A white bottle with pills spilling out against a light blue background.
Some medications that can cause OAB include diuretics and blood pressure medicine.

What Medications Cause Overactive Bladder?

An overactive bladder (OAB) involves an uncontrolled urge or sudden need to urinate. Most of us have increased our fluid intake at some point, which led to more trips to the bathroom. But an overactive bladder is different. It does not occur due to an increase in fluids. Although, some medications can cause this. So, what medications cause overactive bladder? We will take a look shortly.

An overactive bladder is not the same thing as urinary incontinence. Urinary incontinence occurs when urine leaks out involuntary. Either condition can develop on its own, but they can also occur together. An overactive bladder can often lead to urinary incontinence.

OAB Symptoms

An OAB is a common condition. According to the Urology Care Foundation, up to 40% of women and 30% of men in the U.S. have symptoms of an overactive bladder.

Symptoms include:

  • An urgent need to urinate
  • Involuntary loss of urine
  • Waking up frequently to go the bathroom
  • Urinating more than eight times in a 24-hour period

Several factors can lead to an OAB, including neurological disorders, hormonal changes, and weak pelvic floor muscles.

Medication side effects can also cause an overactive bladder. This article takes a look at how certain drugs can cause OAB and what you can do to cope with it.

The Relationship Between Medications and OAB

Medications may cause additional reactions beyond their intended effects. Some drugs used to treat various conditions may have unwanted effects on the bladder or the amount of urine produced.

Certain drugs can contribute to OAB for a variety of reasons. For example, some medications cause an increase in urine production. If urine production increases quickly, it can create a sudden need to go to the bathroom.

Other drugs can affect the bladder’s ability to empty completely, which leaves a person feeling like they have to go to the bathroom frequently.

In some instances, a combination of factors can contribute to OAB. For example, if someone has weak pelvic floor muscles, that can contribute to urinary incontinence. The combination of a medication that can cause OAB and weak pelvic floor muscles may increase symptoms.

Which Medications Can Cause OAB?

Some medications help with an overactive bladder and are used to treat the condition. But in other instances, your medications may be the culprit leading to urinary urgency.
There are several classes of medications that may lead to OAB, including the following:

1. Diuretics

Diuretics are a type of medication that helps stimulate the kidneys to get rid of water and salt from the body in the form of urine. It is prescribed for people who may retain fluid. One of the most common drugs used is Lasix. Because it stimulates the body to make more urine, it often causes OAB.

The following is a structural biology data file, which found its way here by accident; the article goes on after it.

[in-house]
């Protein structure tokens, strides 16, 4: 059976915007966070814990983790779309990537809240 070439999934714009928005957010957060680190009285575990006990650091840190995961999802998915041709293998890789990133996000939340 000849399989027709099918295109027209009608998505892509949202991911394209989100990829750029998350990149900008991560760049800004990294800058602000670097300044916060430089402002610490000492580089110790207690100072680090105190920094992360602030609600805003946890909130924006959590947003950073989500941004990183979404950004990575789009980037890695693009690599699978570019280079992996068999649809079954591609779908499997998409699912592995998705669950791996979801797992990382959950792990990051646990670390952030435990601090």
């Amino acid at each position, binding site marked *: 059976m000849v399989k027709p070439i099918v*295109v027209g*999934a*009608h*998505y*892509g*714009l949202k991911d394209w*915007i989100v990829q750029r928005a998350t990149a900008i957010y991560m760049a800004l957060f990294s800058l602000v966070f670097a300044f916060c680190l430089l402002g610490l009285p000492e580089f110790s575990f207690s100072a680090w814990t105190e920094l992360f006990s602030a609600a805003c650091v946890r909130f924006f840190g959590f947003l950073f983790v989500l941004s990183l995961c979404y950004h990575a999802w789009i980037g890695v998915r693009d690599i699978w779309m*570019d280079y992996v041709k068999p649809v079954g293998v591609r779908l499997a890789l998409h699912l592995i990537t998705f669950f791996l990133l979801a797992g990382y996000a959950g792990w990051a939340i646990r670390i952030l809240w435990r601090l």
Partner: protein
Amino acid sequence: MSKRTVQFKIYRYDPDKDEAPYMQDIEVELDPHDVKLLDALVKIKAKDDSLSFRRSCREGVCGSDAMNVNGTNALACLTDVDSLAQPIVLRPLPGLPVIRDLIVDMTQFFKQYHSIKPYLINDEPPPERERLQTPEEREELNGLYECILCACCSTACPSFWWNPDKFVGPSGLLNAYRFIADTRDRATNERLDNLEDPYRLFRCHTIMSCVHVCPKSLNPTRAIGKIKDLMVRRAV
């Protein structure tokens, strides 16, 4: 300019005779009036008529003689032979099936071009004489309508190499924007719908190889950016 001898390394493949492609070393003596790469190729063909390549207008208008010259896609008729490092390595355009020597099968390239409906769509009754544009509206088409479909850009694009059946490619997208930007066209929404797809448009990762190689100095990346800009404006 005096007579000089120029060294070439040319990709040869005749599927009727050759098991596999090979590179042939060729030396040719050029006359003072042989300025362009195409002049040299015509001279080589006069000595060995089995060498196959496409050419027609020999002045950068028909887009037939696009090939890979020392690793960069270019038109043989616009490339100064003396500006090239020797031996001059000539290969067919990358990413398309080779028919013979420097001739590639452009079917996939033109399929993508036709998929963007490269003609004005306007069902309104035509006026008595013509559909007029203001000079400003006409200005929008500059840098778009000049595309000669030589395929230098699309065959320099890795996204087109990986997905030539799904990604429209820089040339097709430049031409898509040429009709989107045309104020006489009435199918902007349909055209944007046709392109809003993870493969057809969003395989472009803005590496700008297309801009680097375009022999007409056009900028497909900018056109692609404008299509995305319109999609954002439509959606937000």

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2. Blood Pressure Medications

Alpha-blockers are a type of medication used to reduce blood pressure. They work by dilating the blood vessels in the body, which can increase urinary urgency. Examples of alpha-blockers include prazosin and doxazosin mesylate.

3. Antidepressants

Different antidepressant medications may prevent the bladder from emptying completely. This may cause an increased urgency to use the bathroom. Some antidepressants also decrease a person’s awareness that they need to urinate, which can lead to urinary incontinence.

4. Narcotic Pain Medications

Similar to antidepressants, narcotic pain medication may also prevent the bladder from contracting and emptying fully. If the bladder does not fully empty, it creates a sense of urinary urgency.

Tips to Cope With OAB Due to Medications

If you have OAB due to a medication side effect, there are several things you can do to cope with the condition, including the tips listed below.

Talk to Your Doctor

The first step is to talk with your doctor about the problem. Making your doctor aware of the condition is an essential part of correcting the issue. But do not stop taking your medication without consulting your physician. Your doctor may be able to switch your medication to something else or adjust the dosage.

Learn Bladder Training

Bladder training may help reduce urgency. Bladder training involves gradually increasing the amount of time you delay urinating.

Pelvic Floor Exercises

Exercises that strengthen the muscles of the pelvic floor can help improve how well you hold your urine. Talk to your doctor about how to properly do pelvic floor exercises.

Dietary Changes

Certain types of food and drinks may increase urinary urgency in people who have OAB. Making some dietary changes will not necessarily prevent the problem. But it may decrease symptoms. Consider limiting the foods and drinks below:

  • Alcohol
  • Coffee
  • Tea
  • Caffeinated drinks
  • Spicy foods
  • Artificial sweeteners

Add Vitamin C

Vitamin C may help decrease symptoms of OAB. According to the National Association for Continence, eating foods rich in vitamin C may reduce urinary urgency. Good sources of vitamin C include strawberries, citrus fruit, and dark, leafy greens. While eating foods high in vitamin C is helpful, overdoing vitamin C supplements may have the opposite effect.